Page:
Maybe it's why I'm writing so obsessively on this ridiculous AU.


*Mitch Hedberg
carose59: writing about writing (always something more to say)
"Actually, It Was Incredible. It Was Primal. I Mean In The Animal, Not The Numerical Sense."*

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I have successfully written in three areas in my life: poetry, fiction, and essays. (Actually, I've also written a couple of plays, but for the purposes of this I'd file those under the fiction heading. I don't see myself writing fiction anymore.)

I've always known the poetry came from a different place from other things I write because unlike fiction or essays, I can't just sit down and write a poem. But this morning I realized that the essays and fiction come from different places, too. Metaphorically, if the poetry comes from my soul, the essays come from my brain and the fiction comes from my heart. Or maybe what I mean is that these forms are expressions of those parts of me.

Let's start with poetry.

I've written poetry since grade school. I'm sure it rhymed, and I'm sure it was mediocre at best. I wrote poems for school assignments and I wrote them for myself—I wrote a lot of heartbroken poems in high school—but I never let them expose me the way a good poem has to. It isn't talent that makes a poem, it's truth. (The talent's necessary to make the poem readable, but if you're not going to tell the truth, reading it is just a waste of time.)

Then in 1999, I had a pretty serious hypomanic episode and everything changed. I wrote feverishly and honestly, I wrote everything I was feeling and didn't care what anyone thought. I tapped something in myself—something in my soul—and I've been writing from there ever since. With only a few exceptions, poetry comes from a place of emotional chaos; it brings order.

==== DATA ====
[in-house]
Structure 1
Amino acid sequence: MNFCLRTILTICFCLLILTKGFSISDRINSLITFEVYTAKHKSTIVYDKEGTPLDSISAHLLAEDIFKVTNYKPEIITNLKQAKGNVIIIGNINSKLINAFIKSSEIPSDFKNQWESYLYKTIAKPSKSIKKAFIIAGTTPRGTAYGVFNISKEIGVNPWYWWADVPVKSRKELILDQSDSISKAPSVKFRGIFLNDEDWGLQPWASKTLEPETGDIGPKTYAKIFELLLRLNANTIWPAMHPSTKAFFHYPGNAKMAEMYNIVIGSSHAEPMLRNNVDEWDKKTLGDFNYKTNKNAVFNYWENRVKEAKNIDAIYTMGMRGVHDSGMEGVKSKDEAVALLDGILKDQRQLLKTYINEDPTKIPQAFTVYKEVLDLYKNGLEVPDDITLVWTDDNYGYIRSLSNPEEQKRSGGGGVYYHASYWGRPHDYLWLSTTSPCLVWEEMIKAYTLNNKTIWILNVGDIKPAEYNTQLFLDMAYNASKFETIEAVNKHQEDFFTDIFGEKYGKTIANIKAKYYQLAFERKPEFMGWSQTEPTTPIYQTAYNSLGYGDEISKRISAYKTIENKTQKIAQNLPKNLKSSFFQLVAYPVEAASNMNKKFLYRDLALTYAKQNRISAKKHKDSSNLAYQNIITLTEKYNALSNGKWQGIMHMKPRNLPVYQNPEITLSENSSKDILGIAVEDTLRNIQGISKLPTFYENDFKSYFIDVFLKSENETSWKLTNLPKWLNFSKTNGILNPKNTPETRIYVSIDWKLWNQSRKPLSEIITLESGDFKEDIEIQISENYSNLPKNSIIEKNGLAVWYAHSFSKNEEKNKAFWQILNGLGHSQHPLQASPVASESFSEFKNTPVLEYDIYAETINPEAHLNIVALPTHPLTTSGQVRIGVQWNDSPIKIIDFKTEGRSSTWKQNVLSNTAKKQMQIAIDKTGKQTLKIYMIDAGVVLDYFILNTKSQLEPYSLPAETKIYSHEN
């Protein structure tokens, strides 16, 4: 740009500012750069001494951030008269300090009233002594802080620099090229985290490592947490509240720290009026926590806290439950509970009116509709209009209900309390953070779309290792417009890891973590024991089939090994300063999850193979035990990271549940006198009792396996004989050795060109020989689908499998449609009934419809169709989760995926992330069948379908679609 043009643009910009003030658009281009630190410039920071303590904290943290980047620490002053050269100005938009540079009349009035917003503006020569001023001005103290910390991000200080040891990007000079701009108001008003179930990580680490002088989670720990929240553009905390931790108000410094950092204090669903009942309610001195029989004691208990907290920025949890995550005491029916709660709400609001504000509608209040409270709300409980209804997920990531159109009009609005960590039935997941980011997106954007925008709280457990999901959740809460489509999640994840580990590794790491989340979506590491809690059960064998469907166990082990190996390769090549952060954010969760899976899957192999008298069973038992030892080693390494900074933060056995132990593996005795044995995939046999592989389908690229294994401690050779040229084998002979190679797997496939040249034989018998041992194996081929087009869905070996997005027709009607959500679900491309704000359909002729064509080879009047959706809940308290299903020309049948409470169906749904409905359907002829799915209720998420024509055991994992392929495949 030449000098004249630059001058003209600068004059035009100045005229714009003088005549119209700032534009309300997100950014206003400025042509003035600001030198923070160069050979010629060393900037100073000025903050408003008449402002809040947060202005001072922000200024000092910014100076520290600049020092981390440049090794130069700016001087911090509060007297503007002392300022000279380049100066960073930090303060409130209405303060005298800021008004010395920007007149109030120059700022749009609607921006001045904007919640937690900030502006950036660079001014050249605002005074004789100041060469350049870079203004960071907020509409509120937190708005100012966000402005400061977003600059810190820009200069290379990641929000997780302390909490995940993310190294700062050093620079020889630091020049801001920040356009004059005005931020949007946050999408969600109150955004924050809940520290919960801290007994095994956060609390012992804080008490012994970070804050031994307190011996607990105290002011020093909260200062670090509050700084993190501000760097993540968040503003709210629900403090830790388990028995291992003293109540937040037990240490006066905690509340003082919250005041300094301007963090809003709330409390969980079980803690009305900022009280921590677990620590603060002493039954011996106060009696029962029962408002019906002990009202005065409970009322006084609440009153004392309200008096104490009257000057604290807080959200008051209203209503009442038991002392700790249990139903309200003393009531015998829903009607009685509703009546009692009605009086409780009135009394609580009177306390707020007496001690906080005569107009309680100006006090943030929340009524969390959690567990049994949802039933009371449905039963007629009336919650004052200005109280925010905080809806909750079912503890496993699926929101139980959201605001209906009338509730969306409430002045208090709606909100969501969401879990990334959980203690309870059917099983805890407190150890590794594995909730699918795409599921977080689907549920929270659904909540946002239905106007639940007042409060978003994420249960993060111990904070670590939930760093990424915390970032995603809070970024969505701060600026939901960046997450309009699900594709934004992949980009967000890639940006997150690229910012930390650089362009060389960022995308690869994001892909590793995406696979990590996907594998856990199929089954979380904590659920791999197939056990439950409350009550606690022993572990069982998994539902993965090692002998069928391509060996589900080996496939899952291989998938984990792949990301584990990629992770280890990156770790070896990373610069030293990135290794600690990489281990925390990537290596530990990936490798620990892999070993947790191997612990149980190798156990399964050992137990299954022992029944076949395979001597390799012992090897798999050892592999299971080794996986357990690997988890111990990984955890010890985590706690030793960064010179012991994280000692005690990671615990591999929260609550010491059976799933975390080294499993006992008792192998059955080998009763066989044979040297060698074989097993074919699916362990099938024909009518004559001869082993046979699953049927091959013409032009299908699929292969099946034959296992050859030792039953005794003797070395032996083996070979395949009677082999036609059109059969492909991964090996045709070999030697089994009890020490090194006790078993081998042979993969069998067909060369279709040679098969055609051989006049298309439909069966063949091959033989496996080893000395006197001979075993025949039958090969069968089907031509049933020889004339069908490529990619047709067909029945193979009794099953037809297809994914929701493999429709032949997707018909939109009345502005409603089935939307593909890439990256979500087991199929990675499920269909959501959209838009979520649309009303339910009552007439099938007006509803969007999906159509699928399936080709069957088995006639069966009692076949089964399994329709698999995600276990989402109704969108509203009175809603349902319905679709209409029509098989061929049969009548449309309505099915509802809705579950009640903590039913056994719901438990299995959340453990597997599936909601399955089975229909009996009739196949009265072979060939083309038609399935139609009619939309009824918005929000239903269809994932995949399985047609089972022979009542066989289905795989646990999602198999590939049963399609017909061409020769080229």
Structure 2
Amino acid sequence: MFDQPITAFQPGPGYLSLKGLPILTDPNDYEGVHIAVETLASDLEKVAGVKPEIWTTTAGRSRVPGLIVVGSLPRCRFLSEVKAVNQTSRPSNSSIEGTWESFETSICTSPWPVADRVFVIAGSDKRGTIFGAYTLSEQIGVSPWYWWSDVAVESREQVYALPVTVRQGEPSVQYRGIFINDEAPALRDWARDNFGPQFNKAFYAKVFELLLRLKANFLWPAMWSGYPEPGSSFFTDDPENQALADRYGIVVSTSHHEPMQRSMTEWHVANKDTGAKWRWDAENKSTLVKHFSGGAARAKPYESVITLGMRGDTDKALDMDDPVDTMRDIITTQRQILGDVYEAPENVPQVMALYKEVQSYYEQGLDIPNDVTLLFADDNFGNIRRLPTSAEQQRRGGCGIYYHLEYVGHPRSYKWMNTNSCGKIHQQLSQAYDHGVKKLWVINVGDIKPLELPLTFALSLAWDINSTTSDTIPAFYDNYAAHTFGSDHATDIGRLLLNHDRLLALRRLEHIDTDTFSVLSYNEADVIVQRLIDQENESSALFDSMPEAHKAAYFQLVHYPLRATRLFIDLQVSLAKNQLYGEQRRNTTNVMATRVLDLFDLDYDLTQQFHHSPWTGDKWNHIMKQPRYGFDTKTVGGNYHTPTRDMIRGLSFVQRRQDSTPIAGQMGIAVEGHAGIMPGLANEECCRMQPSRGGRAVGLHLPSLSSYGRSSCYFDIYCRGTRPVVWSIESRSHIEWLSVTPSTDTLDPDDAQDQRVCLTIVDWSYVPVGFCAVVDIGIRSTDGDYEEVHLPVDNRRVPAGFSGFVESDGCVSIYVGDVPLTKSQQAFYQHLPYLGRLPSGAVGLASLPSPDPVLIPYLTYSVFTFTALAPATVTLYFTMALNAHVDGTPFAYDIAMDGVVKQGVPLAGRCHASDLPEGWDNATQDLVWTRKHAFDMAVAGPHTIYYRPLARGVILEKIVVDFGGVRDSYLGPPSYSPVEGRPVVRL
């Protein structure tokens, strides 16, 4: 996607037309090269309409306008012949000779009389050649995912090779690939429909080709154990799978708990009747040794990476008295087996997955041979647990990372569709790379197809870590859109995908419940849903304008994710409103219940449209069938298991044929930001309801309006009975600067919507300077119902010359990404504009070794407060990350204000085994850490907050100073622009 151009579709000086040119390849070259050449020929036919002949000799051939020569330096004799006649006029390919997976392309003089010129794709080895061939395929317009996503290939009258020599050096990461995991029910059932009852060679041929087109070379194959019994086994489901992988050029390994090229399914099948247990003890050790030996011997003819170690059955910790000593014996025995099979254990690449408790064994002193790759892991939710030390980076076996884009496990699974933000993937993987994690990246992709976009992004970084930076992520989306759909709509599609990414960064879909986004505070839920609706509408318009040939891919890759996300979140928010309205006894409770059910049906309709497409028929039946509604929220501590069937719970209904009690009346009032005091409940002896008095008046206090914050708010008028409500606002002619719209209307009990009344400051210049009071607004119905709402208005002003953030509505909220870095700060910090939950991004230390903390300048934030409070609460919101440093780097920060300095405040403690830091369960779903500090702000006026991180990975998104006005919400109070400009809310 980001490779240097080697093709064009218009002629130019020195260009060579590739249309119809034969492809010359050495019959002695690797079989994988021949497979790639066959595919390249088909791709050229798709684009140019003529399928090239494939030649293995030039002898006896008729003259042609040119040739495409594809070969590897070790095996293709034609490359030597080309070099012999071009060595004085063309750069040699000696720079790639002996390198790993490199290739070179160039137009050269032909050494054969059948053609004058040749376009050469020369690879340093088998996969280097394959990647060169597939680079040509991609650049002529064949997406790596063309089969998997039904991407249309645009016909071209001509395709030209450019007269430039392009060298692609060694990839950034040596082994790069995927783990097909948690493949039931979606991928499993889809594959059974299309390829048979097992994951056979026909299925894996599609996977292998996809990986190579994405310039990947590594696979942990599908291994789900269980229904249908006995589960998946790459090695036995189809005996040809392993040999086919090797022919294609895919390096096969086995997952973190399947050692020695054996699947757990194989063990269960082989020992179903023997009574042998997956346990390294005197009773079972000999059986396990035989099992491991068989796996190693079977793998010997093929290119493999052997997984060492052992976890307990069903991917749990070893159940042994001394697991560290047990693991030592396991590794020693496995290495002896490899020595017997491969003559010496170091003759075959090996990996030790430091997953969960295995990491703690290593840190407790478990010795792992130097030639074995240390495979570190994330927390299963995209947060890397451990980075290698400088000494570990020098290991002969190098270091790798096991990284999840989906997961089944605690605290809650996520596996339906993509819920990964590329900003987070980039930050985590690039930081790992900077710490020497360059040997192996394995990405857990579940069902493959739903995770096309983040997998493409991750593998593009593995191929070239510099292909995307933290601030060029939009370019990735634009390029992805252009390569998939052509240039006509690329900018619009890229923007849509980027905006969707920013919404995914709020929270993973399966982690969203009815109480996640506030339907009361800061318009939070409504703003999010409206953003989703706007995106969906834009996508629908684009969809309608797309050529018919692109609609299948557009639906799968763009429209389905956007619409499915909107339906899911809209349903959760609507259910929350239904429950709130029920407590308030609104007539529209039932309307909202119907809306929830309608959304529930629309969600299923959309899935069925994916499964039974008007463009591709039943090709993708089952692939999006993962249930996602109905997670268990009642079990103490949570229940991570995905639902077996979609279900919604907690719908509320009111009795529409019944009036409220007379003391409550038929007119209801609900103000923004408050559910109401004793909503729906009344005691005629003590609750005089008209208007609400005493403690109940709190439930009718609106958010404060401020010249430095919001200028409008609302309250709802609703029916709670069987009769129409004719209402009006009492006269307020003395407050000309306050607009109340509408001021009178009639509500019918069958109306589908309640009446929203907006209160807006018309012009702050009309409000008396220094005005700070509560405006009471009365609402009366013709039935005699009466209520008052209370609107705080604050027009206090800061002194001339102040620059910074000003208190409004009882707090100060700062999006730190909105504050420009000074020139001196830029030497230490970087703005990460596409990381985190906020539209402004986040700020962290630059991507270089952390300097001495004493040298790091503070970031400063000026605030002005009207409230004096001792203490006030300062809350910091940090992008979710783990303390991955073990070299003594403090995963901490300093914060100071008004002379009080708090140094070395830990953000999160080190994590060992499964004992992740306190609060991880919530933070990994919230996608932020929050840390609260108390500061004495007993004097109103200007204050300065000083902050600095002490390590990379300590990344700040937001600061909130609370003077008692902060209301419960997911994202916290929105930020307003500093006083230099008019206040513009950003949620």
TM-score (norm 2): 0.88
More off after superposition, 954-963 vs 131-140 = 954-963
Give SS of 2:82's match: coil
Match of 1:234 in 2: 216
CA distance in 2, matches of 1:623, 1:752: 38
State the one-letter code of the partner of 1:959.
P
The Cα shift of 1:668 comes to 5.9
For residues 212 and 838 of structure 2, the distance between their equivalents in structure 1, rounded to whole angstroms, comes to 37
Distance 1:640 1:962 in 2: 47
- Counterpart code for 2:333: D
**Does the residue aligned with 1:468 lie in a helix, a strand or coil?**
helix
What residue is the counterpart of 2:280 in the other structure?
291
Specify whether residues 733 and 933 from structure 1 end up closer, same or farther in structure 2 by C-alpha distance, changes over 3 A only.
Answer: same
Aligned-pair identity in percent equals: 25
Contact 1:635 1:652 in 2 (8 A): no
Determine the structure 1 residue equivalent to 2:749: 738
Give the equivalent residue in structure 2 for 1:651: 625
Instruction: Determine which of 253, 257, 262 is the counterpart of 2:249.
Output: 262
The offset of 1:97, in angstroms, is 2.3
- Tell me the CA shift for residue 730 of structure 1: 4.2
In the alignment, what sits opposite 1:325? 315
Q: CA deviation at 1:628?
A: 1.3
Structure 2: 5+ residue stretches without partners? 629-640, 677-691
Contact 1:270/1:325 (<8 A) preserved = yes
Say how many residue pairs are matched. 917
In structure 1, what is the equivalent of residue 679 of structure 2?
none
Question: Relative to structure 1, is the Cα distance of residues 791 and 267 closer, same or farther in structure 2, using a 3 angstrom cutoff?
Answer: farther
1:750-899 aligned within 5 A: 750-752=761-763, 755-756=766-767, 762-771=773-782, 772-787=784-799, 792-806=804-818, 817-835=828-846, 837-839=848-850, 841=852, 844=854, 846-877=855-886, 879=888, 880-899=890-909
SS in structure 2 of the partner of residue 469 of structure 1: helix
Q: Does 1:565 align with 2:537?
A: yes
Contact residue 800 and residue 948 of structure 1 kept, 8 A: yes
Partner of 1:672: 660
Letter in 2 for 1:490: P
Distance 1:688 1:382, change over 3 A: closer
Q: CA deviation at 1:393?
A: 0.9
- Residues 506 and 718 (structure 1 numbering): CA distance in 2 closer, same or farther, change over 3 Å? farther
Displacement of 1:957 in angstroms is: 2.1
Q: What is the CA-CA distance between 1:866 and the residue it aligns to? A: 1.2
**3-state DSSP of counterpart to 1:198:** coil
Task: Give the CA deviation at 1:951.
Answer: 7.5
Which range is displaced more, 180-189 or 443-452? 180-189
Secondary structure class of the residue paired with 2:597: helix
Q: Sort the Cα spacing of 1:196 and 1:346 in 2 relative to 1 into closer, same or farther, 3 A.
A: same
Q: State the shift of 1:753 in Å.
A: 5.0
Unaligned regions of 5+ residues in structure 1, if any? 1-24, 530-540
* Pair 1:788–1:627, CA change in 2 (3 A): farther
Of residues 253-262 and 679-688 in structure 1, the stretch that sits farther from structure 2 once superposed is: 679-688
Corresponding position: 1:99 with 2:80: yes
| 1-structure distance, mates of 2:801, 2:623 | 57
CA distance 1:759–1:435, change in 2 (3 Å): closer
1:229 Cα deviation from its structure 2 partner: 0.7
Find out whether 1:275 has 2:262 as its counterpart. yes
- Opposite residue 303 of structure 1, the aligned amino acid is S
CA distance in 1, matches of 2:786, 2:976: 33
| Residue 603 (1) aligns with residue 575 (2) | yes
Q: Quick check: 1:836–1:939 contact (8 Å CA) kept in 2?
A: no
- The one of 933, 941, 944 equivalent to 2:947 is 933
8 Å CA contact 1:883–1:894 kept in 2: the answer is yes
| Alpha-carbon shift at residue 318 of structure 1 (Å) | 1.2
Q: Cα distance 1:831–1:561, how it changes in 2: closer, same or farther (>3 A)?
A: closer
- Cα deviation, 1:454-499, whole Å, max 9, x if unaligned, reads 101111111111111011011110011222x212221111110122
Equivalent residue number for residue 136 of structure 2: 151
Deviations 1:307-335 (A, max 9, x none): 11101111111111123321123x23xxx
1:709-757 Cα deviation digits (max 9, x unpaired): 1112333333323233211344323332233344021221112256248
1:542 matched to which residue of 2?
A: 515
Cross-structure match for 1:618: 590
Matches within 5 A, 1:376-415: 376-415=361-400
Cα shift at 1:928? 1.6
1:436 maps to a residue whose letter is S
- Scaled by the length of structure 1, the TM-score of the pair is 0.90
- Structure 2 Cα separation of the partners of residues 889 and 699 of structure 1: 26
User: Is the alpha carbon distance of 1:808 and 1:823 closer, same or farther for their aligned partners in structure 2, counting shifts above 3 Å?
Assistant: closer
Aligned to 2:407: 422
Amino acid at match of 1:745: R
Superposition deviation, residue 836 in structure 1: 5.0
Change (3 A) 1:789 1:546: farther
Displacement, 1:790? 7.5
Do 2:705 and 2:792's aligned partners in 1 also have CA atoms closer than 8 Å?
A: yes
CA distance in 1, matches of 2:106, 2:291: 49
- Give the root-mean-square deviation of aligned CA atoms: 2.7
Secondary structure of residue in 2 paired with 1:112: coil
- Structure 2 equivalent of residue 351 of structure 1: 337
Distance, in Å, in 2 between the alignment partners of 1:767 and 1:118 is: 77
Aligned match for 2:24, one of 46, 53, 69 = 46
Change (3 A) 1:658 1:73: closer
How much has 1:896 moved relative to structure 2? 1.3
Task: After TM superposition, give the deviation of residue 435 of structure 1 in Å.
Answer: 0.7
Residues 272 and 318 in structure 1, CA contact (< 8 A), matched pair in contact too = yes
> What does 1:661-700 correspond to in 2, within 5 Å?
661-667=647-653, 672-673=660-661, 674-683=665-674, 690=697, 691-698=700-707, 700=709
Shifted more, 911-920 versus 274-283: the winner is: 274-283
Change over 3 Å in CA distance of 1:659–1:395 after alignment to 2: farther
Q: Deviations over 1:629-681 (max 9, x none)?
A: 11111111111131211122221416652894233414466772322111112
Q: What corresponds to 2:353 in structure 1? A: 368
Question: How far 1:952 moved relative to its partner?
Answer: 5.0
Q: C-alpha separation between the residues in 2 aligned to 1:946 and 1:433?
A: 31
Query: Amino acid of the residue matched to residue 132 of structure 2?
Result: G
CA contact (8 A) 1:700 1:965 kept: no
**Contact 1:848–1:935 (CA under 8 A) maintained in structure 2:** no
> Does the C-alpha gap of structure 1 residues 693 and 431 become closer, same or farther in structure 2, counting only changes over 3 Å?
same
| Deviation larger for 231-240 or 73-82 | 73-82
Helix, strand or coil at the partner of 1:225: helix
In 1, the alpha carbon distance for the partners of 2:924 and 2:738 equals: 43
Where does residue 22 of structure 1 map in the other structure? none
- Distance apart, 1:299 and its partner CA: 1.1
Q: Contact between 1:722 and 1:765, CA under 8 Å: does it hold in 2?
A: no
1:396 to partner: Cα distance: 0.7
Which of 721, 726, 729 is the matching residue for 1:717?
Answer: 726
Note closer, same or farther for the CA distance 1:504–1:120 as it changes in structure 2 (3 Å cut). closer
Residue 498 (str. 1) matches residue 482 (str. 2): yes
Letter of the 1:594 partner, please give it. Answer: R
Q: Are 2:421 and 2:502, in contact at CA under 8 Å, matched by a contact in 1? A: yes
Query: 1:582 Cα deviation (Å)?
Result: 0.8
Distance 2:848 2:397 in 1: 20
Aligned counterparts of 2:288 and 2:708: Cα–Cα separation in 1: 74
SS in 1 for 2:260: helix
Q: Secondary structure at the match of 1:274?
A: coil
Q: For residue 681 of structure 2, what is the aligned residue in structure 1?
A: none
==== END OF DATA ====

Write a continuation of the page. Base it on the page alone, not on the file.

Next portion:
The thing I love about poetry is that it's the language of metaphor, deflection, and distance. When you can't say the real words, metonymy can save you. Take two steps back from the thing that's trying to kill you—grief, shame, depression, anxiety—call it by another name, and tell the truth about it.

It's nice that people like my poetry. What I really like is that people who don't normally like poetry seem to like it, and that it seems to resonate with people. It's a lovely feeling, knowing your words are useful to other people. Helping people articulate their confused emotions is one of the best things art does.

But even if that wasn't happening now, I'd still write poetry because I believe that if anything I write will live after me, it will be the poems.


*Dr. Larry Fleinhardt
carose59: poetry (by Henry Gibson)
I am not a writer.

I know this because I have been assured that what makes a writer is, writers write.

Writers write.

I post pictures, and poems by people no-one has ever heard of, and things I wrote years ago, to avoid writing. Writers write.

Writers write even when no-one reads the words. A real writer would write words that would live their lives in a drawer, never seen by anyone else.

A real writer would write in the sand, never despairing of the tide coming for the words.

Writers write.

A real writer can withstand any criticism.
A real writer develops a thick skin and feels no pain.
A real writer can endure the harshest edit.